13 Clamp and let dry. Fold the fold-over pocket, making sure that the sides are straight and aligned before creasing. Clamp the scrap wood board to the fold to ensure even pressure and a stiff, straight fold line. Let the project dry in the clamp.
14 Cement the fold-over pocket glue lines. Apply a thin coat of cement ⅛ inch (0.3cm) wide to the glue lines at the bottom of the project body, marked in Step 8. Allow the cement to dry for about 30 seconds before beginning the next step.
15 Adhere the fold-over pocket. Fold the leather in half lengthwise at the fold line, paying careful attention to line the edges up flush with each other. Hold for a few seconds and place under a book or heavy object to dry for at least 5 to 10 minutes.
16 Prepare the fold-over pocket for stitching. Using the stitching groover, cut grooves for stitching ⅛ inch (0.3cm) from the edges of the fold-over pocket, as shown on the template.
17 Punch the stitch holes. Using the multi-prong pricking iron, punch the stitch holes evenly along the two stitch grooves.
18 Stitch the fold-over pocket. Place the project in the stitching horse and open each stitch hole with the awl. Hand stitch the sides of the fold-over pocket using a saddle stitch and tie off.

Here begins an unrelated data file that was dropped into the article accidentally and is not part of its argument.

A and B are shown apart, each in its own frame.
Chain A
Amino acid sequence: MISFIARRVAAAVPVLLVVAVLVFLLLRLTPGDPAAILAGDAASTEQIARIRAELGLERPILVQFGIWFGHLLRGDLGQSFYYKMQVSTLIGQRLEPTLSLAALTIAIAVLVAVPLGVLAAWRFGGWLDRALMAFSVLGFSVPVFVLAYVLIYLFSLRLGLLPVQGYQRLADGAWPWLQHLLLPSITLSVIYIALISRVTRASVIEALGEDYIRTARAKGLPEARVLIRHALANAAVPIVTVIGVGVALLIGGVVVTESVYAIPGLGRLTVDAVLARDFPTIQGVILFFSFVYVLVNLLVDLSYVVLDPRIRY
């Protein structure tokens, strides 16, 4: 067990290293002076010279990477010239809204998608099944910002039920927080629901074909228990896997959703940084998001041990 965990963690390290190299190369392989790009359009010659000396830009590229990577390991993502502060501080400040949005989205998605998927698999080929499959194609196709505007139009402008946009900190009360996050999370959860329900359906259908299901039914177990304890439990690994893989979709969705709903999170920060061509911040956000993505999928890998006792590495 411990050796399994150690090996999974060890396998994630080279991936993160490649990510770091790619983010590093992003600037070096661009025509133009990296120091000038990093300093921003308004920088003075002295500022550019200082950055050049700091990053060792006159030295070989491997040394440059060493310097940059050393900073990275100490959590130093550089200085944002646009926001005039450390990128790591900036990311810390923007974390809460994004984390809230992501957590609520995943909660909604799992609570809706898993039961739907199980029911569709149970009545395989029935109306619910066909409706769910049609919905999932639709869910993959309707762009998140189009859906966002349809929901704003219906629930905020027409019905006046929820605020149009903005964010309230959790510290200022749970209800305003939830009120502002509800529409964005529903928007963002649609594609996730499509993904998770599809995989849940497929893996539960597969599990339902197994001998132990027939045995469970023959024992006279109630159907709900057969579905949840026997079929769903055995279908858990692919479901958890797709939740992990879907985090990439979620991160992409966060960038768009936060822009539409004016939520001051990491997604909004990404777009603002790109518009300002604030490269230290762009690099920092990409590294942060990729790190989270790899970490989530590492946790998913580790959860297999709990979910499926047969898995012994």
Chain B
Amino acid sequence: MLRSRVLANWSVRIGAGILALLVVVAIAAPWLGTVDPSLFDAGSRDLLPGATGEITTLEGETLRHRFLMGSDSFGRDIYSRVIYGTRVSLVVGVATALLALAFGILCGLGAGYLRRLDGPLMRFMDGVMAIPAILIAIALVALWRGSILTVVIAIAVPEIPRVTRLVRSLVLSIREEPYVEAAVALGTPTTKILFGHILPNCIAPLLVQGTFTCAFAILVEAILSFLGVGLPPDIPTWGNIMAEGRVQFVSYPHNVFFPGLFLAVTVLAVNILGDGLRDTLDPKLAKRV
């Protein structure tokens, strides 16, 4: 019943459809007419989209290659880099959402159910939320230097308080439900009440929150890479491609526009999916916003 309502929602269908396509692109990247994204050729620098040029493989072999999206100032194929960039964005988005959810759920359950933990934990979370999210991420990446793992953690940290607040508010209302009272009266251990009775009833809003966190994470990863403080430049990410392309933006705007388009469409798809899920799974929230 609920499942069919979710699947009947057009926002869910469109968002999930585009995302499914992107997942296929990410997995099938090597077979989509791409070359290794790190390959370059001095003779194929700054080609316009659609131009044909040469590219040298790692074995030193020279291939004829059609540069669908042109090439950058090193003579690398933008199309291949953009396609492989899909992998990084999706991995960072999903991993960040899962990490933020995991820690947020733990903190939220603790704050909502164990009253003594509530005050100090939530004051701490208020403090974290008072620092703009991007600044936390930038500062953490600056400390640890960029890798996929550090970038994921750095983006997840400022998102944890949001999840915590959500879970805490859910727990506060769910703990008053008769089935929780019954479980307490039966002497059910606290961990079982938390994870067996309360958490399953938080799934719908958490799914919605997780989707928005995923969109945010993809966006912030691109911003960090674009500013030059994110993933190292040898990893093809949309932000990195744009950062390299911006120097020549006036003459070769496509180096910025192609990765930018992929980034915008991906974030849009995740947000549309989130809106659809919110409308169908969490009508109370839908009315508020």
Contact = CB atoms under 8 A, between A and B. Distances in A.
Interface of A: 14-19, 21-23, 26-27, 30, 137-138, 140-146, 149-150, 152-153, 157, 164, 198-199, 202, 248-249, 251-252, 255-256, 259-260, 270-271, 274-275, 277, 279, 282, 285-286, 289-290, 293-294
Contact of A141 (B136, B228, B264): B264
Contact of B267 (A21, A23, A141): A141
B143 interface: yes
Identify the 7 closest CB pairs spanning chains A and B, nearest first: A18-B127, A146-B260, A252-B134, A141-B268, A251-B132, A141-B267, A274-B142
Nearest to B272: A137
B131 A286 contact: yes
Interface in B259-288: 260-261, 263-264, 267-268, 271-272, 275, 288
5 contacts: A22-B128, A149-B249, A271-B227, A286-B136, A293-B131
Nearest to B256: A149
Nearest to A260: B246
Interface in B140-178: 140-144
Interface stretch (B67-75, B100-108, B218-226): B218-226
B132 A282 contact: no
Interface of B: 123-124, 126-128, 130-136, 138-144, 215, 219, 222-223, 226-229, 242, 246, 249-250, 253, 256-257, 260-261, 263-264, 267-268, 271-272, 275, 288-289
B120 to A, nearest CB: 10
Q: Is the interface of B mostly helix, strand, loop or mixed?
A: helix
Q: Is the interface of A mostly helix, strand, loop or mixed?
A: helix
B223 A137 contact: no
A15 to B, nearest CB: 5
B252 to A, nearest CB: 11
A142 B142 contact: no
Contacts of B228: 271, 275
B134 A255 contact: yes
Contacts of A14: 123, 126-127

19 Cement the tool pocket. Apply a thin coat of cement ⅛ inch (0.3cm) wide to the glue lines marked in Step 8 on the reverse side of the garment leather tool pocket and the side of the project body, as shown on template.
20 Adhere the tool pocket. Press the two glued sides of the tool pocket together and allow to dry.
21 Prepare the tool pocket for stitching. Using the multi-prong pricking iron, punch the stitch holes evenly along the glued sides of the tool pocket and the interior tool dividers, as shown on the template.
22 Stitch the tool pocket. Hand stitch the garment leather tool pocket to the vegetable-tanned project body using a saddle stitch. Begin stitching along the glued lines first, followed by the interior pocket dividers. Tie off.
23 Cement the tool flap. Apply a thin coat of cement ⅛ inch (0.3 cm) wide to the glue line marked in Step 8 on the reverse side of the garment leather tool flap and the other side of the project body, as shown on the template.
24 Adhere the tool flap. Allow the cement to cure for approximately 30 seconds before pressing the two glued sides of the tool flap together. Allow to dry at least 5 to 10 minutes.
25 Prepare the tool flap for stitching. Using the multi-prong pricking iron, punch the stitch holes evenly along the glued side of the tool flap, as shown on the template.
26 Stitch the tool flap. Hand stitch the garment leather tool flap to the vegetable-tanned project body using a saddle stitch, and tie off.
27 Assemble the tool roll. Thread the pointed end of the belt in the top flap of the tool roll through the first bag punch hole and weave through the bag punch holes. Roll it up and buckle the belt to hold the tool roll together.
With these basic techniques, you can customize the size of the tool roll to fit your needs. Widen the project body or add extra interior tool pocket dividers to create a custom tool roll for wrenches, artist’s supplies, or whatever you need to organize.